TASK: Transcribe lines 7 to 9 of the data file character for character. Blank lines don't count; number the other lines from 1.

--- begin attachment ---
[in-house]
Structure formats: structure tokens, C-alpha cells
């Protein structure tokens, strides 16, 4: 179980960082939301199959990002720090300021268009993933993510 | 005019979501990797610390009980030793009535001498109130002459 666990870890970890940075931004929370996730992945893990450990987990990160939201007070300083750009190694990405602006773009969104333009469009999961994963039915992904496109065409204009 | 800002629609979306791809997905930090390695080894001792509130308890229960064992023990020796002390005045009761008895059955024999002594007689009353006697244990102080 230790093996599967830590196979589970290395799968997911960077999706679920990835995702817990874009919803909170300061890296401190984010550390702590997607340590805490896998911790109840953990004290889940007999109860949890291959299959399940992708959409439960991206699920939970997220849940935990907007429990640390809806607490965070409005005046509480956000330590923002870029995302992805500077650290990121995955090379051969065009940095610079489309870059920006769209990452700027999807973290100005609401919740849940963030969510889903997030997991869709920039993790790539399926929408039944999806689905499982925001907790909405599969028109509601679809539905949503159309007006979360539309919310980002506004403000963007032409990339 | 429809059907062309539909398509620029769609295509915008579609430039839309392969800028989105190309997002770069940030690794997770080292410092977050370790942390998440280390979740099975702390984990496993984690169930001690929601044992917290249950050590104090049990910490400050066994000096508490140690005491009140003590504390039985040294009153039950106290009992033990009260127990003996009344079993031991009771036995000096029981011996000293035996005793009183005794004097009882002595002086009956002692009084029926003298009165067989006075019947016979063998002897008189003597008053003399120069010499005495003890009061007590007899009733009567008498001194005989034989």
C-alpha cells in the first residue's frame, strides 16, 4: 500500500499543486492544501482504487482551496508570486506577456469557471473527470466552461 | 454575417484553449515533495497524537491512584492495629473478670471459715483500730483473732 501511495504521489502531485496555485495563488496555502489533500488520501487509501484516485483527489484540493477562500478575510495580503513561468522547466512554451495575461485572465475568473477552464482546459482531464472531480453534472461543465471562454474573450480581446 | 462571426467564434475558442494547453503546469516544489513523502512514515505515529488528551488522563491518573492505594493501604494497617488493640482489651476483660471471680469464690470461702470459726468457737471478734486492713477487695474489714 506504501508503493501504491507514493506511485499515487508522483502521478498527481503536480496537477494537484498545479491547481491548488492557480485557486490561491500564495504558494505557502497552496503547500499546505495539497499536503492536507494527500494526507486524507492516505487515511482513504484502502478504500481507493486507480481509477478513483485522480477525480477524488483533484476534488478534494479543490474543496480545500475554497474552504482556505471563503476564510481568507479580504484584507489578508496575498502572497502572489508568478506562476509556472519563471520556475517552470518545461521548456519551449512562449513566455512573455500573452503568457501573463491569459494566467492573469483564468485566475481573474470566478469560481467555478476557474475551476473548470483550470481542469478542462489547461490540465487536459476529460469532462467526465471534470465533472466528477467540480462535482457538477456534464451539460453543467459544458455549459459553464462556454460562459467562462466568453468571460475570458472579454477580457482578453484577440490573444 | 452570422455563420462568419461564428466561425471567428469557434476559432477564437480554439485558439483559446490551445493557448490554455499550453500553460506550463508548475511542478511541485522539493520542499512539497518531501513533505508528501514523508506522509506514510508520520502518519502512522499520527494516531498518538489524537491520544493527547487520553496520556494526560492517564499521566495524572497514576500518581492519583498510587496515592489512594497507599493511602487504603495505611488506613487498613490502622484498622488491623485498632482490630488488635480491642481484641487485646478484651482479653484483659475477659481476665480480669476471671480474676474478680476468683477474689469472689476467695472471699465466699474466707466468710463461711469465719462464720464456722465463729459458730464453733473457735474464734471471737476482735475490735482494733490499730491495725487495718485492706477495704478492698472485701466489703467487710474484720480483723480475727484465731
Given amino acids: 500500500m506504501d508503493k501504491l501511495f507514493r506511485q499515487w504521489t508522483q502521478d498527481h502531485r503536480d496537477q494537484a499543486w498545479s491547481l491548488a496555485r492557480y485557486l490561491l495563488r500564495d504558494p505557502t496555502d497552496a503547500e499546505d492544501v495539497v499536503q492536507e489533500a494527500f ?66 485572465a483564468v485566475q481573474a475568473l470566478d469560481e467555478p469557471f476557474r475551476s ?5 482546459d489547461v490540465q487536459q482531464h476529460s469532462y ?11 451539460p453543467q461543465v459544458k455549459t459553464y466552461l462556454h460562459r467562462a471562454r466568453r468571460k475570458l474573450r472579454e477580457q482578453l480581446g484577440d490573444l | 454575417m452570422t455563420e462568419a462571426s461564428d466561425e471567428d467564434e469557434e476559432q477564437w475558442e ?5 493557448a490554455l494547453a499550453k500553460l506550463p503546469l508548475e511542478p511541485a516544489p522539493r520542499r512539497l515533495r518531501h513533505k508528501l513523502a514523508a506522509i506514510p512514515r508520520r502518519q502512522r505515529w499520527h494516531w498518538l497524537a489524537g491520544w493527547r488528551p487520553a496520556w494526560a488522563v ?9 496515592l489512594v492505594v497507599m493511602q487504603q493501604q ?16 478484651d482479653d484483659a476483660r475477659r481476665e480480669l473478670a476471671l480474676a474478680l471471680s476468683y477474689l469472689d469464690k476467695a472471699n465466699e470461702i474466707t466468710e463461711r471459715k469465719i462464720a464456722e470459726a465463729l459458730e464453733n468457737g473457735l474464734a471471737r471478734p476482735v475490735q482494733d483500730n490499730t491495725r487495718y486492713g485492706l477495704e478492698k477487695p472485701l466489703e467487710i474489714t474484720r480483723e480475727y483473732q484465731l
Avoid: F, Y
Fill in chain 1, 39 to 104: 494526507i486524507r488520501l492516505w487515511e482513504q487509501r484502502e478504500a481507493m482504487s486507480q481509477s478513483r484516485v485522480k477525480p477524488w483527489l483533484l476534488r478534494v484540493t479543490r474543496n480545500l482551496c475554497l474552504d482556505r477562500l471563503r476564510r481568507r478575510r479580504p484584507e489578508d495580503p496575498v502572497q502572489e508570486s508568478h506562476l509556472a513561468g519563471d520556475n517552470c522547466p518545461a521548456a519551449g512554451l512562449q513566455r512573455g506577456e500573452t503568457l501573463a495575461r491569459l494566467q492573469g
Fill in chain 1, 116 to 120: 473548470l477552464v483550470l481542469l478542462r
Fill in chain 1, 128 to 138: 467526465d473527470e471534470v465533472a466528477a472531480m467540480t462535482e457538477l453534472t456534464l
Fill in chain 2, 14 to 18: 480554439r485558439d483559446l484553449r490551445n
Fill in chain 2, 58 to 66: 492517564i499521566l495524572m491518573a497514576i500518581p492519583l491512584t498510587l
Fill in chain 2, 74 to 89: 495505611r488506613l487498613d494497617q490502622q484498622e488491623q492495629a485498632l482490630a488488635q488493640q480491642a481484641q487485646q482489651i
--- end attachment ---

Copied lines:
Fill in chain 1, 39 to 104: 494526507i486524507r488520501l492516505w487515511e482513504q487509501r484502502e478504500a481507493m482504487s486507480q481509477s478513483r484516485v485522480k477525480p477524488w483527489l483533484l476534488r478534494v484540493t479543490r474543496n480545500l482551496c475554497l474552504d482556505r477562500l471563503r476564510r481568507r478575510r479580504p484584507e489578508d495580503p496575498v502572497q502572489e508570486s508568478h506562476l509556472a513561468g519563471d520556475n517552470c522547466p518545461a521548456a519551449g512554451l512562449q513566455r512573455g506577456e500573452t503568457l501573463a495575461r491569459l494566467q492573469g
Fill in chain 1, 116 to 120: 473548470l477552464v483550470l481542469l478542462r
Fill in chain 1, 128 to 138: 467526465d473527470e471534470v465533472a466528477a472531480m467540480t462535482e457538477l453534472t456534464l